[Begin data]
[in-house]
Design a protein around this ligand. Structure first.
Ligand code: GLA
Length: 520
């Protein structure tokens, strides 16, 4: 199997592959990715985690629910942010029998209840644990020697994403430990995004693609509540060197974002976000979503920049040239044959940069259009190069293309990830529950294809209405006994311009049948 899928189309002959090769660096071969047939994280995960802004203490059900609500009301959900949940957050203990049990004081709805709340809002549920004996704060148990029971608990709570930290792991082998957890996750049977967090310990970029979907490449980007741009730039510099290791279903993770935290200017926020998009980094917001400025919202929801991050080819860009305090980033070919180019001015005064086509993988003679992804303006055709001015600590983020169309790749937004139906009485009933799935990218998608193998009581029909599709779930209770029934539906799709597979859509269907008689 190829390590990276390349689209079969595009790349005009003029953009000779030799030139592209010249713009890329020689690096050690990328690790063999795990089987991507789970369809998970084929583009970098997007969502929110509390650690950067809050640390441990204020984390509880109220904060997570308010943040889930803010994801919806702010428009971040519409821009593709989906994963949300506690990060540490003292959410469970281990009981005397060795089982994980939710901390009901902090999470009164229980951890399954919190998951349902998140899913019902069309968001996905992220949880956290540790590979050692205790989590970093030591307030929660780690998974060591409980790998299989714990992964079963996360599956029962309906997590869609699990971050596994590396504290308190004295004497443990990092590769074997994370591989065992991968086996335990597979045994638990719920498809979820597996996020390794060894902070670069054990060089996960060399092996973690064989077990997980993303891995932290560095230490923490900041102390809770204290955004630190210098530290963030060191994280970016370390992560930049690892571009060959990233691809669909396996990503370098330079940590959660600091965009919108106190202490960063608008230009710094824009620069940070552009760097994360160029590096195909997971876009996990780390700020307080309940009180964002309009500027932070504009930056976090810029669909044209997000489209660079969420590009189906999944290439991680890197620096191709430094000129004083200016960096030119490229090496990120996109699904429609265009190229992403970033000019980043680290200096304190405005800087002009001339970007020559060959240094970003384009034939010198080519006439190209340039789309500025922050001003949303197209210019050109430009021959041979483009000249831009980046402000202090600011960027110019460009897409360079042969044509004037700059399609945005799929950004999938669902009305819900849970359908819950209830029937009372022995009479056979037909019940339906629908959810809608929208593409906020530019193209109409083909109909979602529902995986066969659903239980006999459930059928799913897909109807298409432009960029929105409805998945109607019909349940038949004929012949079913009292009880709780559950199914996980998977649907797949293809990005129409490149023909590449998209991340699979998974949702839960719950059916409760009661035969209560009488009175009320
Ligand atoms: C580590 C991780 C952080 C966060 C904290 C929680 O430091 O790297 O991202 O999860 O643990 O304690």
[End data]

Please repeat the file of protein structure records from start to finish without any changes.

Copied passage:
[in-house]
Design a protein around this ligand. Structure first.
Ligand code: GLA
Length: 520
């Protein structure tokens, strides 16, 4: 199997592959990715985690629910942010029998209840644990020697994403430990995004693609509540060197974002976000979503920049040239044959940069259009190069293309990830529950294809209405006994311009049948 899928189309002959090769660096071969047939994280995960802004203490059900609500009301959900949940957050203990049990004081709805709340809002549920004996704060148990029971608990709570930290792991082998957890996750049977967090310990970029979907490449980007741009730039510099290791279903993770935290200017926020998009980094917001400025919202929801991050080819860009305090980033070919180019001015005064086509993988003679992804303006055709001015600590983020169309790749937004139906009485009933799935990218998608193998009581029909599709779930209770029934539906799709597979859509269907008689 190829390590990276390349689209079969595009790349005009003029953009000779030799030139592209010249713009890329020689690096050690990328690790063999795990089987991507789970369809998970084929583009970098997007969502929110509390650690950067809050640390441990204020984390509880109220904060997570308010943040889930803010994801919806702010428009971040519409821009593709989906994963949300506690990060540490003292959410469970281990009981005397060795089982994980939710901390009901902090999470009164229980951890399954919190998951349902998140899913019902069309968001996905992220949880956290540790590979050692205790989590970093030591307030929660780690998974060591409980790998299989714990992964079963996360599956029962309906997590869609699990971050596994590396504290308190004295004497443990990092590769074997994370591989065992991968086996335990597979045994638990719920498809979820597996996020390794060894902070670069054990060089996960060399092996973690064989077990997980993303891995932290560095230490923490900041102390809770204290955004630190210098530290963030060191994280970016370390992560930049690892571009060959990233691809669909396996990503370098330079940590959660600091965009919108106190202490960063608008230009710094824009620069940070552009760097994360160029590096195909997971876009996990780390700020307080309940009180964002309009500027932070504009930056976090810029669909044209997000489209660079969420590009189906999944290439991680890197620096191709430094000129004083200016960096030119490229090496990120996109699904429609265009190229992403970033000019980043680290200096304190405005800087002009001339970007020559060959240094970003384009034939010198080519006439190209340039789309500025922050001003949303197209210019050109430009021959041979483009000249831009980046402000202090600011960027110019460009897409360079042969044509004037700059399609945005799929950004999938669902009305819900849970359908819950209830029937009372022995009479056979037909019940339906629908959810809608929208593409906020530019193209109409083909109909979602529902995986066969659903239980006999459930059928799913897909109807298409432009960029929105409805998945109607019909349940038949004929012949079913009292009880709780559950199914996980998977649907797949293809990005129409490149023909590449998209991340699979998974949702839960719950059916409760009661035969209560009488009175009320
Ligand atoms: C580590 C991780 C952080 C966060 C904290 C929680 O430091 O790297 O991202 O999860 O643990 O304690």